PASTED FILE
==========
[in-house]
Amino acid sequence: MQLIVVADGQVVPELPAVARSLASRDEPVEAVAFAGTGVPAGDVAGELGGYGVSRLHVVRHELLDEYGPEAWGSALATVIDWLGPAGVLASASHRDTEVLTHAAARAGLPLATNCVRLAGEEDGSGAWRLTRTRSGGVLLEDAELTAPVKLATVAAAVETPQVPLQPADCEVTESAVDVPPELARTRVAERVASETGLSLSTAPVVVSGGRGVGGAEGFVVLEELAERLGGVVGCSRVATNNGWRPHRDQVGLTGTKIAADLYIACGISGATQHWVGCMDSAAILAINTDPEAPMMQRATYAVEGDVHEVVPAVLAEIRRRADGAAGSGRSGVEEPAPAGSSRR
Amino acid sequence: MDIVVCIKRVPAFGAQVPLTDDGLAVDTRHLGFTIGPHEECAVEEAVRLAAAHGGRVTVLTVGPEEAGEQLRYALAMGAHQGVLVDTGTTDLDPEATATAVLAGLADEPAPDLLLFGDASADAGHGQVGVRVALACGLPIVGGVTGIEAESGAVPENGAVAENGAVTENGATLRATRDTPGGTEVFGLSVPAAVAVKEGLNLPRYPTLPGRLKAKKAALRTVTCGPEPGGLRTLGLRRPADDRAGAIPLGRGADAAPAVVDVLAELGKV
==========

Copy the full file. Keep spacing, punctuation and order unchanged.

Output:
[in-house]
Amino acid sequence: MQLIVVADGQVVPELPAVARSLASRDEPVEAVAFAGTGVPAGDVAGELGGYGVSRLHVVRHELLDEYGPEAWGSALATVIDWLGPAGVLASASHRDTEVLTHAAARAGLPLATNCVRLAGEEDGSGAWRLTRTRSGGVLLEDAELTAPVKLATVAAAVETPQVPLQPADCEVTESAVDVPPELARTRVAERVASETGLSLSTAPVVVSGGRGVGGAEGFVVLEELAERLGGVVGCSRVATNNGWRPHRDQVGLTGTKIAADLYIACGISGATQHWVGCMDSAAILAINTDPEAPMMQRATYAVEGDVHEVVPAVLAEIRRRADGAAGSGRSGVEEPAPAGSSRR
Amino acid sequence: MDIVVCIKRVPAFGAQVPLTDDGLAVDTRHLGFTIGPHEECAVEEAVRLAAAHGGRVTVLTVGPEEAGEQLRYALAMGAHQGVLVDTGTTDLDPEATATAVLAGLADEPAPDLLLFGDASADAGHGQVGVRVALACGLPIVGGVTGIEAESGAVPENGAVAENGAVTENGATLRATRDTPGGTEVFGLSVPAAVAVKEGLNLPRYPTLPGRLKAKKAALRTVTCGPEPGGLRTLGLRRPADDRAGAIPLGRGADAAPAVVDVLAELGKV